At first, I felt like I was reading a memoir. But then I began to wonder. Was Ayad Akhtar’s father really Trump’s doctor? And then I realize – classic autofiction misdirect! As the plotline of this second novel unfolds, the story twists and turns around our assumptions about who Ayad Akhtar is. I’m still processing the story, and know that this is not an Indie-Bound-worthy recommendation, but I might have to read it again to say something one millionth as erudite, provocative, and searching as Homeland Elegies.— Daniel Goldin
Akhtar might just have written that good and daring thing, a new entry into my favorite genre: the Great American Novel. Certainly it’s one of the boldest books on existing in this country post-9/11. Not since Exley’s A Fan’s Notes (and those in the know will know what I mean) can I recall a novel in which a writer was so unashamed to expose the ugliest parts of his country and of himself to create a portrait of an American living in, with, and against America. There’s far too much in this novel for any sort of reductive summary of its parts to give you an idea of what it’s ‘about,’ which of course is a part of its brilliance; there’s little so rare and as rewarding as to read a writer who is willing to do the necessary peeling away of layer after layer of nuance and contradiction, not just throwing out but dismantling and subverting platitudes and easy, false truths, to approach the world honestly. But here, a few broad strokes - it’s about being an immigrant, about being perceived at once as an enemy of the state and an enemy of your family’s homeland. It’s about how history, geography, education, economics, medicine, and yes, Donald Trump, put a father and son at odds with each other, with themselves, and with their country. Most of all, it is an exhaustive examination of that most base, central question in a time when it’s most needed - what is to be an American? This novel is astounding.— Chris Lee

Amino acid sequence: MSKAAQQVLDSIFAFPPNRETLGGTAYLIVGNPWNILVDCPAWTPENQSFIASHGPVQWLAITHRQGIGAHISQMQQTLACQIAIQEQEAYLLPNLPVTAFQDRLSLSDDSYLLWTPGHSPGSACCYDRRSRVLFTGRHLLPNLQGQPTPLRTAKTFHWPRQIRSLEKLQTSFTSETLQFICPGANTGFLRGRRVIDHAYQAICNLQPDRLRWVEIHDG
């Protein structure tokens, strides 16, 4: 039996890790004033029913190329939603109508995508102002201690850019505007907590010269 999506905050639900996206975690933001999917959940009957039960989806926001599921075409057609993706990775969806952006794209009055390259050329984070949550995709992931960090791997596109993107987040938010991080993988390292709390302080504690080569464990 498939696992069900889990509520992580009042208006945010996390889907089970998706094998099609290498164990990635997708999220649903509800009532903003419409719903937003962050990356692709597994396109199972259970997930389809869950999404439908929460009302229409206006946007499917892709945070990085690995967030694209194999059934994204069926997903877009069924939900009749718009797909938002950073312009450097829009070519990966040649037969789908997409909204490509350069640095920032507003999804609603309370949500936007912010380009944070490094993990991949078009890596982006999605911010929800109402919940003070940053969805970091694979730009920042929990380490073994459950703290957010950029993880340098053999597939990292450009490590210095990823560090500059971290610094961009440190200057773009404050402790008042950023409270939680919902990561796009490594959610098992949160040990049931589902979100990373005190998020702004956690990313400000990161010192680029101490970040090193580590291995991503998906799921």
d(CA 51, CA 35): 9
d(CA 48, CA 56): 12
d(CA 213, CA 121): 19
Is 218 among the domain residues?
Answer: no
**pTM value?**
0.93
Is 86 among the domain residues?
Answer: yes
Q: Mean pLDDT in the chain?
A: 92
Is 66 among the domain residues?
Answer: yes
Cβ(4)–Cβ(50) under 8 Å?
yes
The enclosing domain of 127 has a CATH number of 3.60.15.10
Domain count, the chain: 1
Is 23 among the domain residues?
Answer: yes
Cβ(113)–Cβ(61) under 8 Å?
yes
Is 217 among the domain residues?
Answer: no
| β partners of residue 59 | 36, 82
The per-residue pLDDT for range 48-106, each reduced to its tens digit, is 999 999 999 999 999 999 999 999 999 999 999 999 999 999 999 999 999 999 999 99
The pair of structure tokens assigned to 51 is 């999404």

September 2020 Indie Next List
“A masterful blend of memoir and fiction, this is an unforgettable journey through the lives of a Muslim family finding their place in a post-9/11 America. A searing navigation of the loves we try to reconcile — familial, religious, societal — and the definition of home. Written with wisdom, wit, and unsparing honesty, this an important book that you will continue to contemplate for a very long time. Both intimate and epic, this is a must-read.”
— Pam Stirling, East Bay Booksellers, Oakland, CA
From the Pulitzer Prize-winning author of Disgraced and author of American Dervish, an American son and his immigrant father search for belonging -- in post-Trump America, and with each other. A deeply personal work about identity and belonging in a nation coming apart at the seams, Homeland Elegies blends fact and fiction to tell an epic story of longing and dispossession in the world that 9/11 made. Part family drama, part social essay, part picaresque novel, at its heart it is the story of a father, a son, and the country they both call home.Ayad Akhtar forges a new narrative voice to capture a nation in which debt has ruined countless lives and the gods of finance rule, where immigrants live in fear, and where the unhealed wounds of 9/11 continue to wreak havoc around the world. Akhtar attempts to make sense of it all through the lens of a story about one family, from a heartland town in America to palatial suites in Davos to guerrilla lookouts in the mountains of Afghanistan. All the while sparing no one-least of all himself-in order to make better sense of it all.